Two in three millennials choose employers for their purposeMonday 16 July 2018
Everyone knows that changing the world for the better feels good, but can it also make businesses money? Across the UK more than 120,000 companies, with a combined 1.4 million employees and £165 billion in turnover, are proving that having a strong business purpose, can.
Purpose and profit don’t have to be traded off against each other. As Twitter and Medium co-founder Ev Williams, has put it: “It’s strange that people see them as a dichotomy…. profit allows you to reinvest in purpose.” Purpose can also help you make more profit.
Purpose can help you to attract the best employees
Williams’ sentiment is echoed by Helen Webb, chief people officer at The Co-op Group, a case study in successful, British, mission-focused business. “We need to be commercially successful as a business to deliver on our purpose and by creating a stronger Co-op we’ll create stronger communities,” she says.
The Co-op spends a great deal of effort communicating and reinforcing its mission with its employees. The company trains its people regularly in the company’s values, by sending executives across the country to discuss the mission with staff, and sharing video inspiration over in-house platforms and social media. Why go to such trouble? Because Webb and the rest of the senior leadership team know the values are a powerful recruiting too.
In an incredibly tight labour market, companies battle continuously for particularly sought after workers, including those with tech skills, young talent, and experienced executives. With the companies with the deepest pockets after the same people, a powerful sense of mission can help less well-resourced companies win over candidates they might not be able to attract otherwise.
“As a startup in a fiercely competitive industry, it helps to have a strong purpose as you’re competing with businesses who can pay above market rates for talent,” explains online food delivery company Farmdrop’s founder and CEO, Ben Pugh. “People with different skills will have different motivations, particularly ‘techies’,” he notes.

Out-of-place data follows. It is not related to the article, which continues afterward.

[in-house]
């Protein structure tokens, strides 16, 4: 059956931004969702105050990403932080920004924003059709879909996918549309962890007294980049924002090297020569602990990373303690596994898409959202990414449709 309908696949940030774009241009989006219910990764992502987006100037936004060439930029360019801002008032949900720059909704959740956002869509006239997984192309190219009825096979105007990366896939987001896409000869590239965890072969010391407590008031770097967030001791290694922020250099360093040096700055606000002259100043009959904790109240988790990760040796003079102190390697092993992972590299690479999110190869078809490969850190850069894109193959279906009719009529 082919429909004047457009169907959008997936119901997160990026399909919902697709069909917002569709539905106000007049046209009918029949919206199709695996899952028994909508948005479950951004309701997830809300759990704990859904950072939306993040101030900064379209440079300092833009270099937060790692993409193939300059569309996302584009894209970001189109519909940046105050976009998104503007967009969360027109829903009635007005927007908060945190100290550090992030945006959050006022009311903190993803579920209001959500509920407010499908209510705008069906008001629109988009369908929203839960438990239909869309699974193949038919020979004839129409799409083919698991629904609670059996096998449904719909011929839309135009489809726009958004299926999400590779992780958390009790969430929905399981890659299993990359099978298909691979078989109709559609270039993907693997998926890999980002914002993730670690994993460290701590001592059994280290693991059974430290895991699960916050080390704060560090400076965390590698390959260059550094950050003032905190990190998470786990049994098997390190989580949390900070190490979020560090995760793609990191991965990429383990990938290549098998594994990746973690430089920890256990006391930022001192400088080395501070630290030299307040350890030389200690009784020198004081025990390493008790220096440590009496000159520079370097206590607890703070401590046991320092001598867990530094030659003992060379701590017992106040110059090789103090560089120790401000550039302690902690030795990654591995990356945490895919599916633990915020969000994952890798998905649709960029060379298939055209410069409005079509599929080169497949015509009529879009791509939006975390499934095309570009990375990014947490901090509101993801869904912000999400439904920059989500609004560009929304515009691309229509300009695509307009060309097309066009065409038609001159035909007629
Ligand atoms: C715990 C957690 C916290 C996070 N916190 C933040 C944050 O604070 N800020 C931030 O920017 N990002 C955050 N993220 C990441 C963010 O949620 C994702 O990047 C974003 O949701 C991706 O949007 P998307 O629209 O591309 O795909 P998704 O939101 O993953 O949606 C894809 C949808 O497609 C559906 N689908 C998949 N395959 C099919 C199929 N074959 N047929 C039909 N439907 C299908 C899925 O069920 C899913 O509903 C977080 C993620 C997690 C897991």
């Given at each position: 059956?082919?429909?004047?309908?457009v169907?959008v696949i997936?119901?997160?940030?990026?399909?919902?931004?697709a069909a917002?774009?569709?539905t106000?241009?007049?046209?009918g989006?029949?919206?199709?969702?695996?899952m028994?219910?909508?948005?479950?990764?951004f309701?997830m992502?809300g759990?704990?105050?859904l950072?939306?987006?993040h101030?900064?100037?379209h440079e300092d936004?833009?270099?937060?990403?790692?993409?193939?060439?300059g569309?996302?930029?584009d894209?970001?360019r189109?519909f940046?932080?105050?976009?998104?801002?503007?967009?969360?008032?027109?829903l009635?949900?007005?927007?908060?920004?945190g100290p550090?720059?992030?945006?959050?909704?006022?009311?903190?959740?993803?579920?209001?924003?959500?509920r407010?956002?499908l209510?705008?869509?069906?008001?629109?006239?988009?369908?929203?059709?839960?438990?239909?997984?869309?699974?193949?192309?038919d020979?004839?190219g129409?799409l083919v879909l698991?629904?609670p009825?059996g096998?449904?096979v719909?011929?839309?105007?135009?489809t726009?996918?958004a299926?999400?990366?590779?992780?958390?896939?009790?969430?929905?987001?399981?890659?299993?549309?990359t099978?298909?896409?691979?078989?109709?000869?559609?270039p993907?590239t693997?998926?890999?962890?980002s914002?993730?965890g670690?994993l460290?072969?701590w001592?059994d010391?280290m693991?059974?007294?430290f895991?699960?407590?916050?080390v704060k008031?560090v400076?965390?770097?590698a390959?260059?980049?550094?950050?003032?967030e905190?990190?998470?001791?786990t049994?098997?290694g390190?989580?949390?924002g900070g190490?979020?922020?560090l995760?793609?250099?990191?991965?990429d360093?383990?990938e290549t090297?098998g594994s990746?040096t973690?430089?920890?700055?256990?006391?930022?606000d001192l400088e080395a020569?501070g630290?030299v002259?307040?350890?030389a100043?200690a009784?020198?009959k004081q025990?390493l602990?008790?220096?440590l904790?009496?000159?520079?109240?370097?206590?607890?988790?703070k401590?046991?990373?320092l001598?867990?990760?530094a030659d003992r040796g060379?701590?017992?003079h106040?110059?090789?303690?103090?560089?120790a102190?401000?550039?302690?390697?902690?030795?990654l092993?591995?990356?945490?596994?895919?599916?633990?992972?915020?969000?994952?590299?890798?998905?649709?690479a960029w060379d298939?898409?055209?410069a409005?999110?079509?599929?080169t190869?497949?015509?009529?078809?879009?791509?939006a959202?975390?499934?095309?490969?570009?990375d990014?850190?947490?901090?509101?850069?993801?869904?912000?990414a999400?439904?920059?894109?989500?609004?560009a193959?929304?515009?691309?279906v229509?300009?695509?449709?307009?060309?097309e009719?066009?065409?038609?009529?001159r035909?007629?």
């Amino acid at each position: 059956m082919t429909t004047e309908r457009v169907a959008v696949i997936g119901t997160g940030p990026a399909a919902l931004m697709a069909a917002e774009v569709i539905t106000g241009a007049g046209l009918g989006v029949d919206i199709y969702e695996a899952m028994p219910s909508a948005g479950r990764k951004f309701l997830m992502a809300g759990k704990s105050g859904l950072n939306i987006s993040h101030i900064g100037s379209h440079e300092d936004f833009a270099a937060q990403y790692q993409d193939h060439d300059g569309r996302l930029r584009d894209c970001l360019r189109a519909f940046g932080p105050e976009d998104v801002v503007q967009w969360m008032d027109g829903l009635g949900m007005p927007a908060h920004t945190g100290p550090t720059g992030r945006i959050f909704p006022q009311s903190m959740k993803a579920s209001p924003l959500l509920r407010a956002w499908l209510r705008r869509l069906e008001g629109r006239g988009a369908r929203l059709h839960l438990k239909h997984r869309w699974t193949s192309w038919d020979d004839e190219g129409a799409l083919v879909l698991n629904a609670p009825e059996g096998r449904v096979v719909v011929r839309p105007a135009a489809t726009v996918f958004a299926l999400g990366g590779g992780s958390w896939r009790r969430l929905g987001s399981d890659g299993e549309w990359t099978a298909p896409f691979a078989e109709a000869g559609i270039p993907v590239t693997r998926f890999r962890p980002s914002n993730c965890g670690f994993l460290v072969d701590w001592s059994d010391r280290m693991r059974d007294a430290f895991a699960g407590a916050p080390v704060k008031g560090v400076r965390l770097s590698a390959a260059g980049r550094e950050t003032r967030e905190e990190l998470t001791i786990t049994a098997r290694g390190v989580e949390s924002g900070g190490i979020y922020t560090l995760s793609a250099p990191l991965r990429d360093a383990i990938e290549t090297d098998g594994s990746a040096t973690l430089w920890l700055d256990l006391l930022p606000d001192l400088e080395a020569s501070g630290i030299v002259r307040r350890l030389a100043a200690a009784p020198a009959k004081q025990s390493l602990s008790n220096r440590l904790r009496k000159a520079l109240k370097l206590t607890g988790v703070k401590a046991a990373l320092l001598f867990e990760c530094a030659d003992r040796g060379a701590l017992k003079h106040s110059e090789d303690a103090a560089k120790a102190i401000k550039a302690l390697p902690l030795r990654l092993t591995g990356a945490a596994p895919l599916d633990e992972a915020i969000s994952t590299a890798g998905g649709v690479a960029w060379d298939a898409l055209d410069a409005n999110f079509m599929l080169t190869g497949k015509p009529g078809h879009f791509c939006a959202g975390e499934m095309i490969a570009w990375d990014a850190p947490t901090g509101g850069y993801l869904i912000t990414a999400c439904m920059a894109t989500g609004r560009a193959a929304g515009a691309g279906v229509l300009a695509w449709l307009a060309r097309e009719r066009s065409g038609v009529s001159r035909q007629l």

Like engineering talent, younger workers may be particularly keen to work at companies they perceive as doing good in the world. A recent Deloitte survey of Millennials found that an incredible two out of three claim to have chosen their employer based on their values, and four out of five indicated they need to feel a sense of larger purpose to be satisfied in their work.
You might chalk this up to the idealism of the young, but as Julie Hanna, executive chair of peer-to-peer lender Kiva has pointed out, mission-driven businesses use purpose as a carrot to attract executives as well. “I've mentored dozens of rising stars in Silicon Valley who have turned down or left high-paying jobs for positions that paid less and were more uncertain. They made the move because they wanted a shot at changing the world,” she reports.
And purpose keeps them motivated
Purpose can not only help you win you top talent. It can also help you keep employees motivated and performing at their peak once you’ve hired them.
The psychologist Abraham Maslow was noted for adding ‘purpose and values’ to his hierarchy of needs framework that describes human motivation. In this Insights article, we explained that once a person feels personally fulfilled their focus will shift to the greater good and they will be motivated to perform well in environments that chime with their desire to make a positive impact.
Furthermore, in a study of British firms from the University of East Anglia’s Norwich Business School, researchers found that the higher the satisfaction of employees as measured by Glassdoor ratings, the better the financial performance of the company.
“Firms rated highly by their current employees in terms of satisfaction achieve superior profitability compared to those rated poorly,” the authors commented.
Purpose drives staff satisfaction for this reason
What’s drives the level of employee satisfaction at firms as measured by Glassdoor? It’s not primarily salary. “We often look at the driving forces behind jobseekers’ decisions. One of the most striking results we often find is that, across all income levels, the top predictor of workplace satisfaction and employee engagement is never pay: It is the culture and values of the organisation,” explains Glassdoor spokesperson Mark di-Toro. “Employees really want to feel like they can make a difference and, in many cases, work for a company with a strong mission.”
That’s definitely true at The Co-op Group, according to Webb. “Our 2017 employee survey confirmed that Our Purpose was a key driver of colleague engagement,” she notes. “Colleagues who believe in the purpose and strategy of the Co-op are more likely to answer engagement questions positively.”
Finally, workers with a sense of purpose are more likely to stick around longer, saving their employer the steep costs of replacing them. A recent survey of 12,000 employees conducted by the Harvard Business Review and consultancy The Energy Project found that employees who find their work meaningful are more than three times as likely to stay with their organisations.
Put this all together and the simple but powerful conclusion is that purpose isn’t just a warm and fuzzy buzzword. It’s a real business differentiator that can help you not only lure the best talent, but keep them engaged in their jobs over the long haul. And that can only be good for the bottom line.